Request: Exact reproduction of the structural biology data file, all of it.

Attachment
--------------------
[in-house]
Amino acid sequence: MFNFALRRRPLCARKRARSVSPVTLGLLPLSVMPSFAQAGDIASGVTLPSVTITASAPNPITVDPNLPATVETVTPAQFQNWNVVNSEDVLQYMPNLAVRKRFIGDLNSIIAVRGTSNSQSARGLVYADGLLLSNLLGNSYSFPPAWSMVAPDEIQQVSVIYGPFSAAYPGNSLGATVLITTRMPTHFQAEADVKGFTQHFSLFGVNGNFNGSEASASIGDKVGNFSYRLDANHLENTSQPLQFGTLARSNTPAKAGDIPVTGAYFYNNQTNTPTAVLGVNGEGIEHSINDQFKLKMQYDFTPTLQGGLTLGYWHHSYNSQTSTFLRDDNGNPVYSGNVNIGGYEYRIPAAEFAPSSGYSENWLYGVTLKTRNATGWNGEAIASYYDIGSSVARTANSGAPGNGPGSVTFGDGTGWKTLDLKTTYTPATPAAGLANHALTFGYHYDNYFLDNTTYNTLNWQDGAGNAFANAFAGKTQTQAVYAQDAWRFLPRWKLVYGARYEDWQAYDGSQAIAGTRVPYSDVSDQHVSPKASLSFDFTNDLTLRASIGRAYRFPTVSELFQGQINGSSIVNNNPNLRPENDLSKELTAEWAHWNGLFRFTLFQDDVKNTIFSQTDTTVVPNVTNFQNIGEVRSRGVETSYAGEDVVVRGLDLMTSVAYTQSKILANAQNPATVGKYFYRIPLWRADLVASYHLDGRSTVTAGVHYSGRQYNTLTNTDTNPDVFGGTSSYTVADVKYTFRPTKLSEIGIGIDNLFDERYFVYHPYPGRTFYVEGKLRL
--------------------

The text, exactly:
[in-house]
Amino acid sequence: MFNFALRRRPLCARKRARSVSPVTLGLLPLSVMPSFAQAGDIASGVTLPSVTITASAPNPITVDPNLPATVETVTPAQFQNWNVVNSEDVLQYMPNLAVRKRFIGDLNSIIAVRGTSNSQSARGLVYADGLLLSNLLGNSYSFPPAWSMVAPDEIQQVSVIYGPFSAAYPGNSLGATVLITTRMPTHFQAEADVKGFTQHFSLFGVNGNFNGSEASASIGDKVGNFSYRLDANHLENTSQPLQFGTLARSNTPAKAGDIPVTGAYFYNNQTNTPTAVLGVNGEGIEHSINDQFKLKMQYDFTPTLQGGLTLGYWHHSYNSQTSTFLRDDNGNPVYSGNVNIGGYEYRIPAAEFAPSSGYSENWLYGVTLKTRNATGWNGEAIASYYDIGSSVARTANSGAPGNGPGSVTFGDGTGWKTLDLKTTYTPATPAAGLANHALTFGYHYDNYFLDNTTYNTLNWQDGAGNAFANAFAGKTQTQAVYAQDAWRFLPRWKLVYGARYEDWQAYDGSQAIAGTRVPYSDVSDQHVSPKASLSFDFTNDLTLRASIGRAYRFPTVSELFQGQINGSSIVNNNPNLRPENDLSKELTAEWAHWNGLFRFTLFQDDVKNTIFSQTDTTVVPNVTNFQNIGEVRSRGVETSYAGEDVVVRGLDLMTSVAYTQSKILANAQNPATVGKYFYRIPLWRADLVASYHLDGRSTVTAGVHYSGRQYNTLTNTDTNPDVFGGTSSYTVADVKYTFRPTKLSEIGIGIDNLFDERYFVYHPYPGRTFYVEGKLRL